I am fond of saying that "the deepest reality of the redeemed heart is that we are lovers of God and others." We are sinners indeed. But even deeper is the reality that because of Jesus' death and resurrection, I, we now possess the life of God that yearns to flow outward in love to others and for God. We are lovers at heart. This is the New Covenant, spoken of by the prophets and initiated by Jesus. This is part of what it means to possess eternal life now.
When it comes to the Samaritan woman, however, Jesus seems to be calling to something deeper in her as well, something deeper than her sinfulness. But she is not redeemed, at least we assume that to be true. Yet, He does not come at her as a moralist, insisting she get her act together and stop whoring herself before He will have anything to do with her. Undoubtedly, He longed for her to live more consistent with whom she was as an image bearer of God. But what seems to consume Him more is the desire to help her identify her thirst. There is something more to her than her bad behavior and He appeals to it. Given, as I mentioned above, that she is not yet a redeemed woman, what is this good in her that makes her sinful way of life secondary, or better said, an avenue by which he can appeal to something more, something good, that truly speaks of God's mark on every person?
The answer is not profound. In fact, Blaise Pascal and others in our historical faith have properly identified it as a God-shaped hole. There is something in every person, redeemed or not, that speaks of God, that speaks of the life of God, and the desire to be in relationship with Him. This might just be the most effective evangelistic approach: to see beyond a person's self-centeredness, their ugly behavior, etc., and call to it, believe in it.
Martin Buber, noted Jewish scholar, once suggested that The greatest thing any person can do for another is to confirm the deepest thing in him, in her—to take the time and have the discernment to see what’s most deeply there, most fully that person and then confirm it by recognizing and encouraging it. Might this be true for the sinner as much as the declared saint?
Here is what prompted this direction in my thinking, and perhaps it is a bit of a jump in logic, but I was struck by it given recent events.
On the 31st of this month (Jan '15), I will be inducted into my high school Hall of Fame. It is a recognition I wish to embrace even though at the age of 53 it means something but not all that much. I am, however, honored. While working on my induction speech, I had many memories, some of which came as regrets. As I put the finishing touches on my short speech, I received an unexpected email from a former classmate and teammate named Jere. Odd timing. Curious timing. He had heard of my impending induction and wanted to congratulate me.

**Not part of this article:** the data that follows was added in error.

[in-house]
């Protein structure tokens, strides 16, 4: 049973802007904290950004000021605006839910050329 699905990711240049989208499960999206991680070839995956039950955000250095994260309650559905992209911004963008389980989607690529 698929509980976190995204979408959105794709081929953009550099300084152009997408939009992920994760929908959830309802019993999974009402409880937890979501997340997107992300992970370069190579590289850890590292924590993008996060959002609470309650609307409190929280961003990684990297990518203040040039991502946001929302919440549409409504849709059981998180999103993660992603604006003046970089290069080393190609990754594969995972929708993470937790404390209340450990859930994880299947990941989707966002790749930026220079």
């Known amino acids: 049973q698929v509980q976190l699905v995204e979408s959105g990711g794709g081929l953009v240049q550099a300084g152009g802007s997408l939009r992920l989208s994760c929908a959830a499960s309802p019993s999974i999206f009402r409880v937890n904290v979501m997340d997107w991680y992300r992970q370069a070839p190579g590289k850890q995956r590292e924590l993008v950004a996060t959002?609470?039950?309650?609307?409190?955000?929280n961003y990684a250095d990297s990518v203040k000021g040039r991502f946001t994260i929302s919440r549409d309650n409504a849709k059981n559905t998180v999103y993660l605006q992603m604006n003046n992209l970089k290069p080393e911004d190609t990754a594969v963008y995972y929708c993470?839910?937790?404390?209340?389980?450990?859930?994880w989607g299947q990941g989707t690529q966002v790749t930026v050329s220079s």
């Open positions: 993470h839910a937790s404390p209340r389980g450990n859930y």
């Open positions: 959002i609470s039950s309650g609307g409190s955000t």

In the email, Jere wrote among several things, these words: It is clear to me that I am a better man today because of a relationship that I had with you all those years ago. Thanks for all the support and encouragement that you provided. As I reflected over his words, I was puzzled. It reminded me of what had happened just a few short months earlier at my 35th class reunion (the first I had attended since my 10th) when I was the recipient of two or three similar comments. It made little sense to me. As I think back over those high school days, I recall mostly failure with regard to my faith. An example: I recall standing at the water cooler in the gym and one of my buddies asking me, "Kent, why don't you party and do the things we do?" I froze. I mumbled some half-hearted, fearful response that was not consistent with the truth inside of me. Guilt flooded my heart. I had failed to "give an answer for the hope that is in you." I could mention a few other examples, not to mention some of my behavioral failures during those days. Regret. Sadness. Grief over who I was. That is what I can see.
But Jere's emailed words reminded me that perhaps God was at work despite my weakness. Understand, as a youngster I clearly possessed a sensitivity to the things of God. I wanted to follow and serve him. I just didn't do a very good job, or so I judged. But now years later, a few individuals were telling me that my faith had mattered to them. Something of God was flowing out of me when mostly what I felt and saw was self-obsession. Believe me when I say that I don't feel proud given the feedback I have recently received about my life's impact 35 years ago. What I feel is gratitude. I am humbled and I am reminded that God indeed does what he said to the Apostle Paul in 2 Cor 12: My power is made perfect in weakness. God's life and work is not thwarted by my failures. There is something of God in us and flowing out of us even when we least expect it, even when all we can see is our miserable failure and fear. It really is all about Him! He really is big and amazing! May I represent him as I have the chance to speak about this honor and those past somewhat inglorious days. Pray for me.
Peace to you. The best is yet to come…when we will be free of our regrets (which Eugene Peterson calls "the most useless of all religious emotions").